When Truman Capote's New York society friends cut him off upon reading the first part of his self-described "Proustian" novel about them, Answered Prayers, he said he couldn't understand why they felt so betrayed. "What did they expect? I'm a writer!" was his line. It's a great line, and it comes back to me now and again, most recently during the reading of a small book with a long title which caught my eye down in the fabled Central City Library basement.
Francis Steegmuller being a noted Flaubert scholar and translator of Madame Bovary, not to mention a friend of Graham Greene and author of a French version of The Owl and the Pussycat, a masterpiece called Le Hibou et la Poussiquette, all of these points featuring in a Books in the City post a few years ago.
The artwork on this jewel was as enticing as the title. The front cover was a plunge into colourful Orientalism, a detail from Delacroix's Women of Algiers, while the back was given over to a period black and white photograph of sunbaked houses, their peeling facades chaotically arrayed with wooden-latticed balconies, a few scruffy acacias in the foreground. Did Flaubert take this photo? I wondered.
To my surprise the jacket flap claimed that it was a photo not by Flaubert, but of Flaubert! Flaubert in garden of the Hotel du Nil, Cairo, photo by Maxime du Camp, it clearly said. But where was he?
The mystery was solved when I got the book home and began reading it. A few pages in, a list of illustrations revealed that Flaubert in the Hotel du Nil garden was also reproduced opposite page 40. And sure enough, there he was -- dressed as a Nubian, yet.
The caption reads: Flaubert in Cairo, 1850. 'I would never allow anyone to photograph me. Max did it once but I was in Nubian costume, standing, and seen from a considerable distance, in a garden.' The garden is that of the Hotel du Nil, the name of one of whose proprietors, Bouvaret, Flaubert did not forget.
Yes, because Madame Bovary was still in Flaubert's future. For now, he was 28 years old, with drawers full of unpublished manuscripts in his study at his mother's house, proclaiming in a letter to her how little that mattered:
"Haven't I everything that's most enviable in the world? Independence, the freedom of my fancy, my two hundred trimmed pens, and the art of using them. And then the Orient, especially Egypt, flattens out all the little worldly vanities... The sight of so many ruins destroys any desire to build shanties; all this ancient dust makes one indifferent to fame..."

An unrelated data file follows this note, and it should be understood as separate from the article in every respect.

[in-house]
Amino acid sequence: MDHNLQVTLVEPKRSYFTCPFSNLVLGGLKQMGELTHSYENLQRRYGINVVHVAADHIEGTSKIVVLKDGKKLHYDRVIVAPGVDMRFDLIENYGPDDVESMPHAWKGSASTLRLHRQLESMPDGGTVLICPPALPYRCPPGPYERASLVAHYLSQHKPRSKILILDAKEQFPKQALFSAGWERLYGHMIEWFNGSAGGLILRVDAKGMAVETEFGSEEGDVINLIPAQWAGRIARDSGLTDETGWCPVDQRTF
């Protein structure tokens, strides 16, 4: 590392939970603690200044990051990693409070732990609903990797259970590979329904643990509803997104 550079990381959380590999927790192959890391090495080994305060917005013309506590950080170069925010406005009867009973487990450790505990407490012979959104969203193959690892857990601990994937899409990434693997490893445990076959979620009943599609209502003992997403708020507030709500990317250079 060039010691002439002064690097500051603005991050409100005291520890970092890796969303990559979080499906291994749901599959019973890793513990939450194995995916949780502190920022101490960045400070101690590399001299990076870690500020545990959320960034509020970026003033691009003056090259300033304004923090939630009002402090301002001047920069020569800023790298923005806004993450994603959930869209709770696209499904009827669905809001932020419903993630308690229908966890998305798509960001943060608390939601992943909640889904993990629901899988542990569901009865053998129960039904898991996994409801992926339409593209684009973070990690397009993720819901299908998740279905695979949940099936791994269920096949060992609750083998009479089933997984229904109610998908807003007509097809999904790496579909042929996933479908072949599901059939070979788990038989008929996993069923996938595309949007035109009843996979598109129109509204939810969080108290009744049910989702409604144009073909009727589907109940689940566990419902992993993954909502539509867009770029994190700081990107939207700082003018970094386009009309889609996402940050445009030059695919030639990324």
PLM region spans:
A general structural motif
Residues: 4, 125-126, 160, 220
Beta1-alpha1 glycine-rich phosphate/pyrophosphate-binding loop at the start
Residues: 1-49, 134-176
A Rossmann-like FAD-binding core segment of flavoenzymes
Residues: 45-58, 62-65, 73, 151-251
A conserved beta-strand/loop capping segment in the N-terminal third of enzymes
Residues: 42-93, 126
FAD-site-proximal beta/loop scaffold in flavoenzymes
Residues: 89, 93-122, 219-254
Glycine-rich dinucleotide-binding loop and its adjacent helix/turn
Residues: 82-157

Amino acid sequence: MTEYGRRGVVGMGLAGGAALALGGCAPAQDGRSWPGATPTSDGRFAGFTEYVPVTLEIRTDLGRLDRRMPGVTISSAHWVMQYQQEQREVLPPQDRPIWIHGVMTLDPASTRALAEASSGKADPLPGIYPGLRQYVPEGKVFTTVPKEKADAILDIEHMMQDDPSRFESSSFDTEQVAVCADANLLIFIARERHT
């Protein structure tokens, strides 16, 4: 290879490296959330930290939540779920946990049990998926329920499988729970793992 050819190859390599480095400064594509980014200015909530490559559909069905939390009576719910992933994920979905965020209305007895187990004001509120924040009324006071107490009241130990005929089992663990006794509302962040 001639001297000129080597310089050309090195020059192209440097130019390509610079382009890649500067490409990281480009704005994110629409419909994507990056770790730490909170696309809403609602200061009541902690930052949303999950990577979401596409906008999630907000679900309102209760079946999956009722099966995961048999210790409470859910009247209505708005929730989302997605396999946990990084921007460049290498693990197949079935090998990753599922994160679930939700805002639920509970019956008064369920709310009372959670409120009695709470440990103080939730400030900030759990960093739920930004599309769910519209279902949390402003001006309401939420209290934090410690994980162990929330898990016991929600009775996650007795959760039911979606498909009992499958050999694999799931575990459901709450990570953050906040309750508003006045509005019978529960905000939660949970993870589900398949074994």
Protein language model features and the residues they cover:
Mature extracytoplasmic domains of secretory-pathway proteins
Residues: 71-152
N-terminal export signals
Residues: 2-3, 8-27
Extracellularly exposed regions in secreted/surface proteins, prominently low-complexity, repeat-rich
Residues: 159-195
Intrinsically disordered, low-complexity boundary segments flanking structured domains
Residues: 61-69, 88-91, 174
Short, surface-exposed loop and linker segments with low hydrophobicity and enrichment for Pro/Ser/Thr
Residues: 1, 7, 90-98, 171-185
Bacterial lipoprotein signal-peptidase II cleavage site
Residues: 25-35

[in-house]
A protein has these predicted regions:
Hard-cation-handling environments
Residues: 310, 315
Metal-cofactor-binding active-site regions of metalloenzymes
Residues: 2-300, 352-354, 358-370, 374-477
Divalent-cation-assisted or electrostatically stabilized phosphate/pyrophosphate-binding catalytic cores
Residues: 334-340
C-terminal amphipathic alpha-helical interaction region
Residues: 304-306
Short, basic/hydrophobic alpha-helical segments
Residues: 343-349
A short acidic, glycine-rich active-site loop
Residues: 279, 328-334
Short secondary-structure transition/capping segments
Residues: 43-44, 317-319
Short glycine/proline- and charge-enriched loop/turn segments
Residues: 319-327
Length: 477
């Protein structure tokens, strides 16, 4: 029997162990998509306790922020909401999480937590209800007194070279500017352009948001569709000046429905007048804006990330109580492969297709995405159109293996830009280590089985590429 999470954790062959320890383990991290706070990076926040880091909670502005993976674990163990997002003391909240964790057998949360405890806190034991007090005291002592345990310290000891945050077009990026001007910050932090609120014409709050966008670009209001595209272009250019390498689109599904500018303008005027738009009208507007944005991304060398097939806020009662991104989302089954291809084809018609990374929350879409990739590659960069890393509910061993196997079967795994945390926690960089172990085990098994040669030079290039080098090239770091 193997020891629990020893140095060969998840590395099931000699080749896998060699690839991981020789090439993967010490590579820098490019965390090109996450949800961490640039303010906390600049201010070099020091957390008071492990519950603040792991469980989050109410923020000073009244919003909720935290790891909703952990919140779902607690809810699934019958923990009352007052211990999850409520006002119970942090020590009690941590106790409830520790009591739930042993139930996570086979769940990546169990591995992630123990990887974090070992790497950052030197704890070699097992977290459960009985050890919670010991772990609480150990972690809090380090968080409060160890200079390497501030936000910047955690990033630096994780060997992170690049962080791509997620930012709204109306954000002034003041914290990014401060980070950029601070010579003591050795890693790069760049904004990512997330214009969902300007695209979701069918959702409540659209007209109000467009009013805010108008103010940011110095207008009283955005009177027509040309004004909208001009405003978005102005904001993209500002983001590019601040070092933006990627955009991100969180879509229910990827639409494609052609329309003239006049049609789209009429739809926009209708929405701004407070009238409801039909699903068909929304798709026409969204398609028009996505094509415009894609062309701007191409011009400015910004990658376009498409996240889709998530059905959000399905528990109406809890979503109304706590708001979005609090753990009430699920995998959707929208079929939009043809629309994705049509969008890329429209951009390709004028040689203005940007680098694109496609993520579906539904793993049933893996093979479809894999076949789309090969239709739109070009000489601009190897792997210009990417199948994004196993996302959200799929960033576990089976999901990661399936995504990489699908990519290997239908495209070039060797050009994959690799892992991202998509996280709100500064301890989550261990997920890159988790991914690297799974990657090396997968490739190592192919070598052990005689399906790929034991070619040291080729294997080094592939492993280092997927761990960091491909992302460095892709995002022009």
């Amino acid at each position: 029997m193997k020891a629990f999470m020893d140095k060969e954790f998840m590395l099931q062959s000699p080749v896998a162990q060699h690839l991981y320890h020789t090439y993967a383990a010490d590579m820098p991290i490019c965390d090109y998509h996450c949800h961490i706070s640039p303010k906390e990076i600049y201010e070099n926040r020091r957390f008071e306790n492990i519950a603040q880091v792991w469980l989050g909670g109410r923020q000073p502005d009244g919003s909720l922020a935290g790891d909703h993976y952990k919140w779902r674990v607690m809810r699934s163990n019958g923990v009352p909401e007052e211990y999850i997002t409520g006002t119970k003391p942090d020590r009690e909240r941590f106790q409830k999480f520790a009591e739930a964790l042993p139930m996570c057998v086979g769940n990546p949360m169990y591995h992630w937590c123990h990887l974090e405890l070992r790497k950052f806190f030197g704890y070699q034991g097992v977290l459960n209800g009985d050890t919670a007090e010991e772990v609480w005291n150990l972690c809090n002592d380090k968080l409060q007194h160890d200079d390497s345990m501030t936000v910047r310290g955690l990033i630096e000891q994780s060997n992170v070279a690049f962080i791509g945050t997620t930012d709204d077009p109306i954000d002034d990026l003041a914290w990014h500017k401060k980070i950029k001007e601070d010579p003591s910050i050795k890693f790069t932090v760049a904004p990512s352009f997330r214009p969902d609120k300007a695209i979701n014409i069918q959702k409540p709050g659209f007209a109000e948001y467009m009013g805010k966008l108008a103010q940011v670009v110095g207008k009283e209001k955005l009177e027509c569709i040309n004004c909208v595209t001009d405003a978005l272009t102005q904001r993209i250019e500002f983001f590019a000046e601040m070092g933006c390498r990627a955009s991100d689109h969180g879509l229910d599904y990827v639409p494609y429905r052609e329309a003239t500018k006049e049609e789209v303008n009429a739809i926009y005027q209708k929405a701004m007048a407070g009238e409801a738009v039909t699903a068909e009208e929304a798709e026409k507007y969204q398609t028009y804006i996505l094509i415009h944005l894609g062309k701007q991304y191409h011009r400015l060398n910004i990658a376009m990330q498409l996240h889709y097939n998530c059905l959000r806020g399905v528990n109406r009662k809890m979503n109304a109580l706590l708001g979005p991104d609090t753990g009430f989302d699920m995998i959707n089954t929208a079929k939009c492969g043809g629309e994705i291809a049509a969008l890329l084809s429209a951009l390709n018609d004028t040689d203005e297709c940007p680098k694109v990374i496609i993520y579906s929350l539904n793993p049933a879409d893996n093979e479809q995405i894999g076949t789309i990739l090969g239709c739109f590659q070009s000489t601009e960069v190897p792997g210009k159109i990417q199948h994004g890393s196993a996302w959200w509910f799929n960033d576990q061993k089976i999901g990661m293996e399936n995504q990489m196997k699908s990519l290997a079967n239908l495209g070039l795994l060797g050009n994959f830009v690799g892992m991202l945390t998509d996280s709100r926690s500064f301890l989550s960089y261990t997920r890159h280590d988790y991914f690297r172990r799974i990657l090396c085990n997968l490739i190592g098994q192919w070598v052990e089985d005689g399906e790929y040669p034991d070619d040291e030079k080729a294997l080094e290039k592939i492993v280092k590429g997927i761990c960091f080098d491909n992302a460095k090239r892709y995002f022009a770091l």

One of my favourite moments is when his mother suggests that on his return he might get "une petite place", a small job. "Frankly, and without deluding yourself," he replies, "is there a single one that I am capable of filling?" And anyway, "Isn't not to be bored one of the principal goals of life?"
The letters are full of experiences which would keep one from being bored. Flaubert sees dervishes stuck through with iron spikes, he visits a Coptic church and thinks of what Voltaire would have said, he observes the ceremony of the Doseh ('Treading') where a sheik rides on horseback over a human plank of 200 prostrate men, he holds a charmed snake, he gallops off to take in the Sphinx, the sight of which nearly makes him giddy.
A high point of the adventure, perhaps the high point, is convincing the famed dancing girl Kuchuk Hanem to dance "the Bee", the most notorious of the oriental dances, banned by the authorities. The door has to be closed, everyone sent away except for the musicians, who are blindfolded. I expected that "the Bee" would be Kuchuk flitting around as if she were a bee, but no, it is Kuchuk pretending to be fighting off a very pesky bee, shedding her clothing piece by piece. "Finally she was naked except for a fichu which she held in her hands and behind which she pretended to hide, and at the very end she threw down the fichu. That was the Bee." And then to bed, together. "She insisted on keeping the outside."
In a note, Steegmuller tells us that Flaubert's mistress read his travel notes and in her jealousy, seized on a mention of Kuchuk's bedbugs, saying they degraded her. Pas de tout, replied Flaubert. The smell of Kuchuk's bedbugs were "the most enchanting touch of all. Their nauseating odor mingled with the scent of her skin, which was dripping with sandalwood oil. I want a touch of bitterness in everything -- always a jeer in the midst of our triumphs, desolation even in the midst of enthusiasm."
The most striking passage for me is contained in a letter to his dear friend Louis Bouilhet, sent from Cairo, at the end of his trip, June 1850. Perhaps it was a thought which came to him there among the scruffy acacias of the Hotel du Nil.
"Let's not get lost in archeology -- a widespread and fatal tendency, I think, of the coming generation... the world is going to become bloody stupid and from now on will be a very boring place. Max and I talk constantly about the future of society. For me it is almost certain that at some more or less distant time it will be regulated like a college. Teachers will be the law. Everyone will be in uniform. Humanity will no longer commit barbarisms as it writes its insipid theme, but --- what wretched style! What lack of form, of rhythm, of spirit!"
A year after his return to France, he began Madame Bovary, going off in a new direction from all that he had written before, taking literature ("the old whore" as he calls it in one of his letters) in a new direction as well. But as Steegmuller points out, romantic echoes of Egypt still sounded now and again. In The Temptation of Saint Anthony, the Queen of Sheba tempts the saint by telling him "I dance like a bee".
Flaubert in Egypt ed by Francis Steegmuller
Madame Bovary by Gustave Flaubert
The Temptation of Saint Anthony by Gustave Flaubert
Answered prayers by Truman Capote